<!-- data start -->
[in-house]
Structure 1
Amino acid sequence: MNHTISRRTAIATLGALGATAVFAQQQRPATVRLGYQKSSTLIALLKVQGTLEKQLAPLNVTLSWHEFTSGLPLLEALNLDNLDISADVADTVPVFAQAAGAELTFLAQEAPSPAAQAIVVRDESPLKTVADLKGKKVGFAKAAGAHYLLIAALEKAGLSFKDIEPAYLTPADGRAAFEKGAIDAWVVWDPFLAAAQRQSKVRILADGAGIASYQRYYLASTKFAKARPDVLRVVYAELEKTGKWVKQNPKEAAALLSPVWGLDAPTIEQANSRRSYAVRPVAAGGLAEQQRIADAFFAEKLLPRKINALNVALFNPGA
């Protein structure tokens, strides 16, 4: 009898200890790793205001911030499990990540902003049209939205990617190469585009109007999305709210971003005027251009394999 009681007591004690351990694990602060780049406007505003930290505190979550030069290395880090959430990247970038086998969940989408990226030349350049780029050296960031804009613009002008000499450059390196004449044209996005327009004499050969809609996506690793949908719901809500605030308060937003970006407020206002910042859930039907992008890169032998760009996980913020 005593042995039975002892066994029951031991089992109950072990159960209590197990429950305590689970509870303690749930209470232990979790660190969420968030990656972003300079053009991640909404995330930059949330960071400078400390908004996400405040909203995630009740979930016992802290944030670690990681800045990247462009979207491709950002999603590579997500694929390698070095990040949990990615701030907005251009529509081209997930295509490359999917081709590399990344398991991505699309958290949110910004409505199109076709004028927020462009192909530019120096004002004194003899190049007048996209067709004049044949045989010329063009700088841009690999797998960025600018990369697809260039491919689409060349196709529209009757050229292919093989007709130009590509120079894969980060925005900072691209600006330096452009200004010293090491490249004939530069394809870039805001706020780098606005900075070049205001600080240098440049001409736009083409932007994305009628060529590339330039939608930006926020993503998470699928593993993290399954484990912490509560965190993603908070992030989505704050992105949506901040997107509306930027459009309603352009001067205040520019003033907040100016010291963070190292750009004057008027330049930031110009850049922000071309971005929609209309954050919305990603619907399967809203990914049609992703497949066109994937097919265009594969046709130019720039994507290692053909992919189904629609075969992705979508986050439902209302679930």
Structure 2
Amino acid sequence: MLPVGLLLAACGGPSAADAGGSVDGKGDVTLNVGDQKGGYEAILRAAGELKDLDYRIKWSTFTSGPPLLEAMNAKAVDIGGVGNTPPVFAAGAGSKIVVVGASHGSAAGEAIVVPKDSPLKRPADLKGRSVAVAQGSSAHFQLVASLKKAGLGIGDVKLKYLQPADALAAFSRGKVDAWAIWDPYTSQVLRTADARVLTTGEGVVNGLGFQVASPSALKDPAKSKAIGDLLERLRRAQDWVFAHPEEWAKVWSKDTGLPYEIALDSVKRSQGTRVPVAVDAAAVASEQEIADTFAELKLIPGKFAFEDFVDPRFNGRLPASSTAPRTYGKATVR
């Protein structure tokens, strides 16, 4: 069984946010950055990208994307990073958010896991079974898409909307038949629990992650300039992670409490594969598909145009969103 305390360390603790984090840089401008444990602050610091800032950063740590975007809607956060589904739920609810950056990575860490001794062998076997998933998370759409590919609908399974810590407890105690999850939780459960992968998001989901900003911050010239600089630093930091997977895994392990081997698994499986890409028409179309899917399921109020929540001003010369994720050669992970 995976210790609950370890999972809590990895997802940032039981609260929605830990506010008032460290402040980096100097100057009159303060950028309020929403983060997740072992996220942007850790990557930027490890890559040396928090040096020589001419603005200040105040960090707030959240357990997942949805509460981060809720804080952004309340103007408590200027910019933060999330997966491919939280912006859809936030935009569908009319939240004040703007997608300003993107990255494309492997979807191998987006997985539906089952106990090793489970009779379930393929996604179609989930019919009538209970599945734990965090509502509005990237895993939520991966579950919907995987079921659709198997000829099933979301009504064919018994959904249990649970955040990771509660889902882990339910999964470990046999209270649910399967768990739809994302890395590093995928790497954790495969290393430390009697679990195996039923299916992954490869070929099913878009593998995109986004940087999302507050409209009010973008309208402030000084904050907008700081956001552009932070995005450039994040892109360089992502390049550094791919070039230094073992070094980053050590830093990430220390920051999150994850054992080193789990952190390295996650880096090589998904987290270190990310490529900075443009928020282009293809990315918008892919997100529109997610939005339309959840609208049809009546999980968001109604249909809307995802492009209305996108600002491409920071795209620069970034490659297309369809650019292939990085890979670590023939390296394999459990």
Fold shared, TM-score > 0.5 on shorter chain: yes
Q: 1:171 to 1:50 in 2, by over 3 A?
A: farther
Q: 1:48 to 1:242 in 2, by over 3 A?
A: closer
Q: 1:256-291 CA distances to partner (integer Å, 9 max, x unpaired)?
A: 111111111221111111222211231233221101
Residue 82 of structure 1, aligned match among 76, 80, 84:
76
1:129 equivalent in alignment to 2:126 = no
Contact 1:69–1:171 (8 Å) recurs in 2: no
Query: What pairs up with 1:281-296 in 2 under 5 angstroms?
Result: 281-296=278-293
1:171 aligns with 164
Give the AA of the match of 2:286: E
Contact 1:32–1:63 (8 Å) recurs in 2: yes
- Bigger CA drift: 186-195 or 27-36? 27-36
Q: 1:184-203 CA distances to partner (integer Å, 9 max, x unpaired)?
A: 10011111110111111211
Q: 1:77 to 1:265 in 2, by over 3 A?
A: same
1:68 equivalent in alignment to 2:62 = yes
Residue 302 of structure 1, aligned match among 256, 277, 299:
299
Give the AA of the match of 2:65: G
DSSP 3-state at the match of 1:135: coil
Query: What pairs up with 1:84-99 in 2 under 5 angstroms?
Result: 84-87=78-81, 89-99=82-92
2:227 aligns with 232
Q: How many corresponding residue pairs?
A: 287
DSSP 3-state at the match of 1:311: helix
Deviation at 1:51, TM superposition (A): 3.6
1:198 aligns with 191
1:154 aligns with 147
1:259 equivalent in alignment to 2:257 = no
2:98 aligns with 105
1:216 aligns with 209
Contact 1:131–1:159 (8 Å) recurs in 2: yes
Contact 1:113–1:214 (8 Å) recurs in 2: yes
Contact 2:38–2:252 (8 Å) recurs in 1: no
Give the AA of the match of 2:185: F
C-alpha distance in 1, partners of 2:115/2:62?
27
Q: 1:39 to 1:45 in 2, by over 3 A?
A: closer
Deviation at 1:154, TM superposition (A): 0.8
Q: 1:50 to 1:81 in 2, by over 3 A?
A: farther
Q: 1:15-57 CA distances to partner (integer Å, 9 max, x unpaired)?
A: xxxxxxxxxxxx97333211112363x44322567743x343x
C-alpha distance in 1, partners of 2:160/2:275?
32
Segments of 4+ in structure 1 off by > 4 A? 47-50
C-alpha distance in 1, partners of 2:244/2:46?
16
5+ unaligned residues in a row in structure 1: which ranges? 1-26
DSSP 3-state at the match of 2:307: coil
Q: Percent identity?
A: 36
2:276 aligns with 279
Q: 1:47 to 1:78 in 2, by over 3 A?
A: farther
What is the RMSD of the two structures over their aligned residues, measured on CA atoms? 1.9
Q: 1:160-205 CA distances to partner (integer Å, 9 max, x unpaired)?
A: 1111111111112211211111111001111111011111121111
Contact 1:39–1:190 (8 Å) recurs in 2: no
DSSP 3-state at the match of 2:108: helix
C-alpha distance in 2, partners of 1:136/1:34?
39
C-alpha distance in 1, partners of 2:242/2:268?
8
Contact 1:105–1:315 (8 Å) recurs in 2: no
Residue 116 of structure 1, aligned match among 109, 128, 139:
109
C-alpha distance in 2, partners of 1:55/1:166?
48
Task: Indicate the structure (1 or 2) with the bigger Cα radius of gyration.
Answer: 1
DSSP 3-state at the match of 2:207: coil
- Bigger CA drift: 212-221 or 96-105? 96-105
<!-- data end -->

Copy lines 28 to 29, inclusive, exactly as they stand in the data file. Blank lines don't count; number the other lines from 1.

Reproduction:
A: same
1:68 equivalent in alignment to 2:62 = yes